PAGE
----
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MPs propose bills to relax Poland's abortion law

14.11.2023 08:00
Poland's left-wing lawmakers have proposed bills to legalise abortion up to 12 weeks of pregnancy and to decriminalise assistance with abortion, news outlets have reported.  
Lawmakers with Polands Left group talk to reporters in parliament on Monday, November 13, 2023.
Lawmakers with Poland's Left group talk to reporters in parliament on Monday, November 13, 2023. PAP/Rafał Guz

MPs with the Left group announced their initiative on Monday and asked for a meeting with the lower-house Speaker to ensure swift processing of the draft legislation, Polish state news agency PAP reported.

Poland's new parliament convened for its first session on Monday, following last month's parliamentary election.

MPs told reporters that the Left group had drafted bills to legalise abortion up to 12 weeks of pregnancy and to decriminalise abortion.

Lawmaker Katarzyna Kotula said the group would seek a meeting with the newly elected Speaker, Szymon Hołownia, "to ensure that these abortion bills are processed."

She told PAP she was confident that "the bill to decriminalise abortion can gain the support of a majority of lawmakers."

Kotula noted that her group had pledged to relax Poland's abortion regulations during the election campaign, adding that "this pledge must be fulfilled."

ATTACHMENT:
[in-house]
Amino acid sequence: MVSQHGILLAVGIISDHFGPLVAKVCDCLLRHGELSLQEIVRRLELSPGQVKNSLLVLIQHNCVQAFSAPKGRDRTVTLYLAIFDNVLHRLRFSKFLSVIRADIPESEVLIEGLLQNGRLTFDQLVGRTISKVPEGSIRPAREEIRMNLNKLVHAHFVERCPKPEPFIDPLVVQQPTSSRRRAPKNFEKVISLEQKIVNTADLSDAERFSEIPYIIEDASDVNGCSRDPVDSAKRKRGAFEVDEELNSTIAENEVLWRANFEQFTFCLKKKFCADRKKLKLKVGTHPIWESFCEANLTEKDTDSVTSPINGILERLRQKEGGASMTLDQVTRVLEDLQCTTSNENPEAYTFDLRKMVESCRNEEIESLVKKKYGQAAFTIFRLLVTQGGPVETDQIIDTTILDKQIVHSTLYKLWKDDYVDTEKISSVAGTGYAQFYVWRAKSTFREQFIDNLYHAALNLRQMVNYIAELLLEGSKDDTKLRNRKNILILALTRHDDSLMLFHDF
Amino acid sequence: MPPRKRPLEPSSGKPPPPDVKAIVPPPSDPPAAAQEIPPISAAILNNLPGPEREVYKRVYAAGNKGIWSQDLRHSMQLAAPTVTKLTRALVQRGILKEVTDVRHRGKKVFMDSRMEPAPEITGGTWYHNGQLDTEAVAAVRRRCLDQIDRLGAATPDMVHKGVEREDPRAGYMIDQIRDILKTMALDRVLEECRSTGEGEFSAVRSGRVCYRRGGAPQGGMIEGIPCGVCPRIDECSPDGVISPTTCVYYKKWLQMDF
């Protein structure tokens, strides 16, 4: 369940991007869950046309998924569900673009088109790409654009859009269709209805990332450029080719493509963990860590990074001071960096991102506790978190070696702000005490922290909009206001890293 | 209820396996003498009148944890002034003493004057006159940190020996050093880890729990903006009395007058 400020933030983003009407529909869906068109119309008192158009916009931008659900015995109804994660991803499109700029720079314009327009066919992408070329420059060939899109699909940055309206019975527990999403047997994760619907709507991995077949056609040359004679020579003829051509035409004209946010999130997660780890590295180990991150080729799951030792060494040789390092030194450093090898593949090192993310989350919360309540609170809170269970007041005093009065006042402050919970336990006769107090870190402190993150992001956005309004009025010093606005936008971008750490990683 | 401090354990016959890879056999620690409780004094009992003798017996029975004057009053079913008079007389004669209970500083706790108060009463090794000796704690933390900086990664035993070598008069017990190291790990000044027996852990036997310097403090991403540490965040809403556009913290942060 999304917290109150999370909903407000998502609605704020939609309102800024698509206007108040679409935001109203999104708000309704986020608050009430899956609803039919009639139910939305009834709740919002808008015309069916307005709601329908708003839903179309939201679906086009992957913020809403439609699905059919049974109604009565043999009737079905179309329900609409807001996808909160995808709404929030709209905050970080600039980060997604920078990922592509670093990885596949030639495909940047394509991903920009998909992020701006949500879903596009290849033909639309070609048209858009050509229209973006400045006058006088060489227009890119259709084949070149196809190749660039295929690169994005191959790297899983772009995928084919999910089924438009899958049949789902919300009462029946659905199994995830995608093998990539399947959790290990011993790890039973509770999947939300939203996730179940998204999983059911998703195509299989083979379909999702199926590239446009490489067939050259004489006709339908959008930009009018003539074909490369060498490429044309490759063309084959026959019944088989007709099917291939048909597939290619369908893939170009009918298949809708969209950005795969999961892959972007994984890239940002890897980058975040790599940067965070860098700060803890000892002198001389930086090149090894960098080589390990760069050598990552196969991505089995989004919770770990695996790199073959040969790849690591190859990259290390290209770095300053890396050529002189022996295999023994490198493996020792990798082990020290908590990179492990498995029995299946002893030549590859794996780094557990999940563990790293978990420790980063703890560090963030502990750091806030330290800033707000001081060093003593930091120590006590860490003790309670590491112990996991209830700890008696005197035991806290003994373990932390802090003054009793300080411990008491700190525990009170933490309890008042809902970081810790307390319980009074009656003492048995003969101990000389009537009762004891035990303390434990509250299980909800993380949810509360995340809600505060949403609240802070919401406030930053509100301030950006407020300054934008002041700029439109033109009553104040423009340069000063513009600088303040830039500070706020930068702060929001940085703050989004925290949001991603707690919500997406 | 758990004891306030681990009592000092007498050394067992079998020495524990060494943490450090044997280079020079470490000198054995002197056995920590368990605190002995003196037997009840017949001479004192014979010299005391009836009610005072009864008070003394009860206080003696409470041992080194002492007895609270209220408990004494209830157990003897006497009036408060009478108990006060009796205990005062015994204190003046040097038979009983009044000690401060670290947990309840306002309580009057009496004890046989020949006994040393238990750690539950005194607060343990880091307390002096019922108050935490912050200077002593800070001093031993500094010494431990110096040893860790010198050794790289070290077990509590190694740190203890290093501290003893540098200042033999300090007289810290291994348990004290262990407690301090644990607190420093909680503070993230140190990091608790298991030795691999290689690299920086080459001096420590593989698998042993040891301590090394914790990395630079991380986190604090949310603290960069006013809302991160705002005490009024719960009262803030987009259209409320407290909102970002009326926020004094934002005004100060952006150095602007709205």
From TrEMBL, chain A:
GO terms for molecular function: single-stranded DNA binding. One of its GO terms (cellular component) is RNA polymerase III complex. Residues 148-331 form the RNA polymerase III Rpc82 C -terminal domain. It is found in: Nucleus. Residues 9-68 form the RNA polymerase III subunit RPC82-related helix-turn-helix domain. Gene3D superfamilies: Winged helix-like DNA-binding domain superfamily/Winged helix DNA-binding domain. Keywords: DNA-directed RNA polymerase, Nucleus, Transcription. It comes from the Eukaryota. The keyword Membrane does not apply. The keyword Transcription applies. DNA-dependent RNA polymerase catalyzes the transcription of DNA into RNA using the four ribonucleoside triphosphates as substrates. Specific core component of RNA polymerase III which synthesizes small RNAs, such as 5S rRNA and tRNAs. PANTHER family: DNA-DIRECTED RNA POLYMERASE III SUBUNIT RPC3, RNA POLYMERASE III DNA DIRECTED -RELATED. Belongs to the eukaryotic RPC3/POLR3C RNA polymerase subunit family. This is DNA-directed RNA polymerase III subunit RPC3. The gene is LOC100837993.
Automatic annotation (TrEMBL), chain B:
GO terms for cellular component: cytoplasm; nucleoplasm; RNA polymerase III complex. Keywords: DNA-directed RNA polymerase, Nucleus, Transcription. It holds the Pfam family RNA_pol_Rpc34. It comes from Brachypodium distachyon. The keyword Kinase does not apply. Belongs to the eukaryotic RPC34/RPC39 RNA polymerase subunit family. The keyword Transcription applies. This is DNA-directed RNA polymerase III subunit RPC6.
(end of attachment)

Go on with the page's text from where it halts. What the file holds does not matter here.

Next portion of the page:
Abortion is allowed in Poland only when the pregnancy poses a threat to the "life or health" of the woman, or in cases of a "forbidden act," such as rape or incest

The country's abortion regulations were last modified after its Constitutional Tribunal in October 2020 ruled that abortion due to serious fetal defects and severe illnesses was unconstitutional.

The ruling prompted a wave of protests across the country.

Poles elected a new set of 460 MPs and 100 senators when they went to the ballot box last month.

Polish President Andrzej Duda on Monday named outgoing Prime Minister Mateusz Morawiecki as prime minister-designate, tasking him with forming a new Cabinet.

Morawiecki's conservative Law and Justice (PiS) party won Poland's October 15 election, but lost its parliamentary majority and looks unlikely to stay in power for a third consecutive term.

A bloc of pro-EU opposition parties, including the Left, on Monday secured a resounding victory in Poland's new parliament during its first key vote to elect a house Speaker.

Poland's pro-European opposition groups on Friday signed an agreement to form a coalition government, pledging to restore the rule of law, promote green energy and relax abortion rules, among other policies.


Source: PAPInteria.pl